Skip navigation
21Oct 16

Jane Gregory's (nee Bredin) words: music to my ears

Olympic dressage rider Jane Gregory (nee Bredin), who sadly passed away far too young in 2011, came to do a demonstration at Duchy College in Cornwall in the early nineties. She had brought not only her top horse Cupido who was chosen for the Olympics in Atlanta, but also a chirpy 15.2 palomino, a Connemara cross who had a phenomenal passage.

I remember her words well, 'Some horses are born as a dressage horse, others are made into one.'

Pinokkio is his name, a 7 year-old piebald 15 hand tinker /thoroughbred cross. His head a bit big, not much of a neck yet and a bottom at least one inch higher than his whithers. I met him some three years ago as he came to live with me for a while with his young owner who wanted to work with horses. She ended up not liking him because she saw him trip over and fall down several times in the field as a youngster and didn't particularly like the thought of eventing a horse with a tendency to end up on his face; and I don't blame her.

He was so kind that I just could not help myself but secretly fall in love with him, however, I wasn't looking for a horse, certainly not that kind. So, because he was so quiet he ended up being sold to an inexperienced rider. To cut a long story short, it didn't work out because of lack of interest and he ended up with me...again... now permanently.

I didn't even dare to tell my pupils. Most of them are competitive and striving for higher levels. But still, Pinokkio and I started our routine of one lunging session, two hacks, one session over poles and one flatwork session a week, gradually ticking the boxes of improving rhythm, impulse and the beginning of self-carriage. It was very tricky at times with a few falls involved which I don't wish to remember, but... the stumble gradually disappeared with the trot growing bigger and the canter less 'discombobulated'.

Years ago, at a dinner party with a nice selection of Cornish horsewomen, show-jumper Claire Rushworth said to me that she could not understand how I was always motivated to train others without competing myself. It was before I moved here permanently and although I was already training in Cornwall, I was not able to compete for that very reason. This never bothered me. Training others and riding many different horses has always been, and still is, sufficient to keep me focused and interested in my job.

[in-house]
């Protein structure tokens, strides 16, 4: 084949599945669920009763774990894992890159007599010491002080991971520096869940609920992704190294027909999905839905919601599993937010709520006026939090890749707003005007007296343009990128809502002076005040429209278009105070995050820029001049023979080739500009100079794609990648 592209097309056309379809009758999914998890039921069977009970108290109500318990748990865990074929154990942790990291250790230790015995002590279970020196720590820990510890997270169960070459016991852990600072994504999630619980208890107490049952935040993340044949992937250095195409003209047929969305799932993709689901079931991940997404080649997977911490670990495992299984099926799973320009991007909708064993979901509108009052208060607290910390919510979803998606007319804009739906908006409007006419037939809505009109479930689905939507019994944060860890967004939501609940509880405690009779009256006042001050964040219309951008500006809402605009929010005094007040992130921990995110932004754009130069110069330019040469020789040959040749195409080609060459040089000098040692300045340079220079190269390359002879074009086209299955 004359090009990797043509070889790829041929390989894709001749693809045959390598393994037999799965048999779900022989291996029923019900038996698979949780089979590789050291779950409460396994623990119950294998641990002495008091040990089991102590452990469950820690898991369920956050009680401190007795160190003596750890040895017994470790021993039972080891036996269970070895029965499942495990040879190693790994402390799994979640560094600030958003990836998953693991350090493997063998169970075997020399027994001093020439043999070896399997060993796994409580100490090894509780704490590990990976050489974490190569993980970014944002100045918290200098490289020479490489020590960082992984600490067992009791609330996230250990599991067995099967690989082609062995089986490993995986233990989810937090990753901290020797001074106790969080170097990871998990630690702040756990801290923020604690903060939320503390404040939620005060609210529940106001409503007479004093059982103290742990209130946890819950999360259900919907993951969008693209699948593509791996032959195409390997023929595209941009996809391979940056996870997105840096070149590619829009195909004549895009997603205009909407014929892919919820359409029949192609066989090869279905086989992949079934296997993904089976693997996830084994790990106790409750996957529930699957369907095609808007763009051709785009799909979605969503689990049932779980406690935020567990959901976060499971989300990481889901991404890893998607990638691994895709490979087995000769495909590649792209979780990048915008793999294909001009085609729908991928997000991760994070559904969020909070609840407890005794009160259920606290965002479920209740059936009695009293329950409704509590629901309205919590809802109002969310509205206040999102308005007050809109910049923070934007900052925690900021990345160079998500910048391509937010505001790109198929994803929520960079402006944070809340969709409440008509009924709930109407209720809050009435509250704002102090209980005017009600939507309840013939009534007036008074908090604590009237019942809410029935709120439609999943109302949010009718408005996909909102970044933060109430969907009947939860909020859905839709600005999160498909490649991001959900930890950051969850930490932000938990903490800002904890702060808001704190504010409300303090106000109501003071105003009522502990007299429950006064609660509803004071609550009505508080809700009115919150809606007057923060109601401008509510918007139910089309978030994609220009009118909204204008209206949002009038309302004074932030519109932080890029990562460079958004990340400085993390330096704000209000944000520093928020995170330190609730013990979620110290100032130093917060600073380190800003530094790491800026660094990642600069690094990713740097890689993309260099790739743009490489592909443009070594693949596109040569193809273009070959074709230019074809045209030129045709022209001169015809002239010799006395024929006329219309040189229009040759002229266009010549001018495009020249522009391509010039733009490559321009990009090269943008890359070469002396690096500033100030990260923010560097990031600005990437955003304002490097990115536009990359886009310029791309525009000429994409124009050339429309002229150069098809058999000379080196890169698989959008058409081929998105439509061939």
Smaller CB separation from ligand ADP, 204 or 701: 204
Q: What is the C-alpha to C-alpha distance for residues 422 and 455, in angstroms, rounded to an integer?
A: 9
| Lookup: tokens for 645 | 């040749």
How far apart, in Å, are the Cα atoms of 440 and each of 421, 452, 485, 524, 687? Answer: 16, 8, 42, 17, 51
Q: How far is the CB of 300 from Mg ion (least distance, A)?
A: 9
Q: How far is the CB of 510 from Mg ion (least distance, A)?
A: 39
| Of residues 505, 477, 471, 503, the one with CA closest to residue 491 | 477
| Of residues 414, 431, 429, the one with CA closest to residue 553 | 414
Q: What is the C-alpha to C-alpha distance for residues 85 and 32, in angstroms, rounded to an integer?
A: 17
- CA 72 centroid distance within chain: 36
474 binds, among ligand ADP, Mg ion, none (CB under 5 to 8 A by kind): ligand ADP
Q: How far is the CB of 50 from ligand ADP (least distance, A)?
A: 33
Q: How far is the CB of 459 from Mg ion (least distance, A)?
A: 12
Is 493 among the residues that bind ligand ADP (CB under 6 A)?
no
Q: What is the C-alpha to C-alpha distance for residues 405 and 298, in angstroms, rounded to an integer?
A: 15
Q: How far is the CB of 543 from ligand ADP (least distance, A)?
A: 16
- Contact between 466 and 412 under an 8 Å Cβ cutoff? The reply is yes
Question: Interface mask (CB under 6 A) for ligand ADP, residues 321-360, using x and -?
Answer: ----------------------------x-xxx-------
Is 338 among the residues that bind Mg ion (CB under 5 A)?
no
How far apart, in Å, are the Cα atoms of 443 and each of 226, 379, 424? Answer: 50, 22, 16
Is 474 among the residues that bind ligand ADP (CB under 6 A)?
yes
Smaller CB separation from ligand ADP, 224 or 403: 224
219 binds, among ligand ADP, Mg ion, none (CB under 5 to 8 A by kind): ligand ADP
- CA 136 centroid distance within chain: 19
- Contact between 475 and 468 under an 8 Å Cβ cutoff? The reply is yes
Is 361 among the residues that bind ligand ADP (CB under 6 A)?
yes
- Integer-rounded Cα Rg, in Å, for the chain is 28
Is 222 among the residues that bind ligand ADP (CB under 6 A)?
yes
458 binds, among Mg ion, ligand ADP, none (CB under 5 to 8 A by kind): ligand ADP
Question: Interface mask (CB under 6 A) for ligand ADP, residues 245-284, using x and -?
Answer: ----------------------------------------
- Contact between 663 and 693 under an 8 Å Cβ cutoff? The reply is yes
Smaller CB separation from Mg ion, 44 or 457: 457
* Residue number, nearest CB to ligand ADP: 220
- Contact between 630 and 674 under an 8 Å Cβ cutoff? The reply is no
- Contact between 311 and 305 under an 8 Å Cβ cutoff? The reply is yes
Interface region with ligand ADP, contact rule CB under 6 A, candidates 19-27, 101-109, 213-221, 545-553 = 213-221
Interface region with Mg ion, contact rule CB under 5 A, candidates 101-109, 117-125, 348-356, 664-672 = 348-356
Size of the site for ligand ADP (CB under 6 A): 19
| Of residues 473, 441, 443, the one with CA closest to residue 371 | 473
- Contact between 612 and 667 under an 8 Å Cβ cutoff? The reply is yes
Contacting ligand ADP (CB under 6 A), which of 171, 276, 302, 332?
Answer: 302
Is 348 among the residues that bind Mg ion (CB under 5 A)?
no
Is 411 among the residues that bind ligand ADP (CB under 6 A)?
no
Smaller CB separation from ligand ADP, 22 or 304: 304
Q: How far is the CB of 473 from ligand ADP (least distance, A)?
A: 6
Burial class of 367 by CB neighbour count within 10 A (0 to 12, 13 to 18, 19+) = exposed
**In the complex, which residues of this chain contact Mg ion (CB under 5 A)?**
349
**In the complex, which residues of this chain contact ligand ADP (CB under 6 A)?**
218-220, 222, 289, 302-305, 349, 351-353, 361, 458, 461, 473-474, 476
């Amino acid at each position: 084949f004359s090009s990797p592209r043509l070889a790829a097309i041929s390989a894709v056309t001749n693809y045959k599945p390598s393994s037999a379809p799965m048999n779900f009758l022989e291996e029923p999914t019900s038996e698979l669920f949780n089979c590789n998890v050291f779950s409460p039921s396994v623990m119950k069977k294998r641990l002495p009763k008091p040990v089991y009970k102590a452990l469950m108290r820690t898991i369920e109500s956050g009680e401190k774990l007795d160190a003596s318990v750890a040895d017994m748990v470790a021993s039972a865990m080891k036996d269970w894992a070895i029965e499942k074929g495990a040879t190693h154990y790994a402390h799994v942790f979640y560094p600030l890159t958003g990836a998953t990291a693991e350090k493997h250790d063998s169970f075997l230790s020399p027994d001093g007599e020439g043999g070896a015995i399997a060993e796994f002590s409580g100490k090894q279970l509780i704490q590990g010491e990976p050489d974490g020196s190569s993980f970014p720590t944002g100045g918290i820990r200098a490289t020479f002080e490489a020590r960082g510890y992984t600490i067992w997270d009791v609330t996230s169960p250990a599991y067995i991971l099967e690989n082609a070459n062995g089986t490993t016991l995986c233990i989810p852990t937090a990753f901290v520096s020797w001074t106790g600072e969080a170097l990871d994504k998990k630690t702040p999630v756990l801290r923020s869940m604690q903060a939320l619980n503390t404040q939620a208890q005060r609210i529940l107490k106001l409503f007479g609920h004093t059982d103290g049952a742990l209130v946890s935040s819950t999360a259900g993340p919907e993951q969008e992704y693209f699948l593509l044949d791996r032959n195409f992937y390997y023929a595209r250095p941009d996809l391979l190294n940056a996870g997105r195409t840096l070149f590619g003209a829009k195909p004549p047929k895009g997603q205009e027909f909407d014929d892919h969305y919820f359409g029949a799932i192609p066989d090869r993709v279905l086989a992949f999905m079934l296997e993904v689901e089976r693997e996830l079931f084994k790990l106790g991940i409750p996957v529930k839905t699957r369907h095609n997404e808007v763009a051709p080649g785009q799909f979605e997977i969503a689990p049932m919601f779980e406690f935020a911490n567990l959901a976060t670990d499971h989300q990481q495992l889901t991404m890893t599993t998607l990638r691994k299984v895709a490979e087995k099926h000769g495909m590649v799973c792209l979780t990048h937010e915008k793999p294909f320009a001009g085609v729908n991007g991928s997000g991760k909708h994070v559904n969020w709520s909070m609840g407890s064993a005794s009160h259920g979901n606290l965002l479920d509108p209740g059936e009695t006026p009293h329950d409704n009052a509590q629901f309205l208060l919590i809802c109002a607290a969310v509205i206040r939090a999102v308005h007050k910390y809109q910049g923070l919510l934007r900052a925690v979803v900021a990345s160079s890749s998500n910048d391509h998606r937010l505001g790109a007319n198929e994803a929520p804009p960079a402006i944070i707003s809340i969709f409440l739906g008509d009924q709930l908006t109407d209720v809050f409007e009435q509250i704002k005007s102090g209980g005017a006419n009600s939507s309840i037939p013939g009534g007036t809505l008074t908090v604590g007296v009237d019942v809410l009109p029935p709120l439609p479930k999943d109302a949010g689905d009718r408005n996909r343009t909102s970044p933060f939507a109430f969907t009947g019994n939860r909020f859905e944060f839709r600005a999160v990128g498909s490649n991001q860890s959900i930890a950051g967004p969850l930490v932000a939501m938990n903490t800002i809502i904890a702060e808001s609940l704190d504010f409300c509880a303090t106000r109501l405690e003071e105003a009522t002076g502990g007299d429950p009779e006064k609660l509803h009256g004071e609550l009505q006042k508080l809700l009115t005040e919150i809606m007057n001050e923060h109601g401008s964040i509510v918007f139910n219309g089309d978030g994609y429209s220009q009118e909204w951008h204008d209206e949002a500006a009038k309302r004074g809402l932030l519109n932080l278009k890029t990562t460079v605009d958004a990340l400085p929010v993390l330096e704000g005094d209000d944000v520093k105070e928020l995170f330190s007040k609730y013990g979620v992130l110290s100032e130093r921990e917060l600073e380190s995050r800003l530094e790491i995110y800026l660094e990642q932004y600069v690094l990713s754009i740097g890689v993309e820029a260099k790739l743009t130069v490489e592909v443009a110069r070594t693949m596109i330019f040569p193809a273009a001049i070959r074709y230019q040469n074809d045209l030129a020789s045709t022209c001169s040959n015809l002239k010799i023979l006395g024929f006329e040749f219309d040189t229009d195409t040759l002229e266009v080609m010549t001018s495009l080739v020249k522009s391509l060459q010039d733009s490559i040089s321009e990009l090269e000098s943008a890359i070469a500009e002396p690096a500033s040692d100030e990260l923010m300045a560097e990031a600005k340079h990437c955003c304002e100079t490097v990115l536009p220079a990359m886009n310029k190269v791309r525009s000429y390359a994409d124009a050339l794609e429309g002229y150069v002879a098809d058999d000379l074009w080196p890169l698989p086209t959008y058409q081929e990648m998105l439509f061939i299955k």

Of course I can't deny that, once I'd settled down permanently, I didn't have a blast competing my home-bred mare Marie -also quite basic- into PSG, but when she had to be retired after an injury I knew enough was enough.

So why take on an undersized ugly duckling with a stumble? Two reasons: first of all, I had promised his first young owner I would make sure he would end up in the right hands. Second of all, I was yet again drawn like a magnet to the challenge of proving one more time that a common little horse with not great conformation but a heart of gold and super work ethic is worth far more than an extravagant mover with top breeding and therefore possibly a complex personality; certainly for the hobby rider.

It is gradually becoming a real issue. The horses bred for dressage are becoming more extreme,and hotter and with that not always easy for the general rider. The other problem is that these horses are just so unbelievably expensive with their dad's sperm having cost the same as one used to buy the whole horse for some twenty years ago!

Often I question myself on why I teach. How much ego is involved? Of course I want my pupils to do well and of course I feel pride. But somewhere in me is a little voice which tells me to stick to the rule that every horse deserves decent care which includes decent training. And that is where I so often see the small miracles happen. And I know from experience that, what seems to be a common horse, but wants to work, can surpass anybody's expectations big time.

Thank you, Jane…your words were music to my ears!



Top Picture: Chill time, Jane with her horse Cupido. 

Below: Pinokkio having a play in the river.

You can order my book 'THE FARMER, THE COAL MERCHANT, THE BAKER...' at YouCaxton or Amazon


Dressage Training

Dressage training needs variety, including pole work

Dressage Training

Dressage training needs variety, including pole work

About Liz Barclay

Her love for horses together with her dedication made her into the trainer and dressage rider she is, today. She is versatile and inventive and likes a challenge; whether it is a technical training question, a confidence issue or a problem involving the management of the horse or pony.


My book 'THE FARMER, THE COAL MERCHANT, THE BAKER...' with the subtitle 'A Personal Impression of the Development of the Gelderland Horse World' has been received with more enthusiasm than I possibly could have hoped for. Click here to contact me and I will send you a copy. £7.50 + postage, or click here to order from Amazon.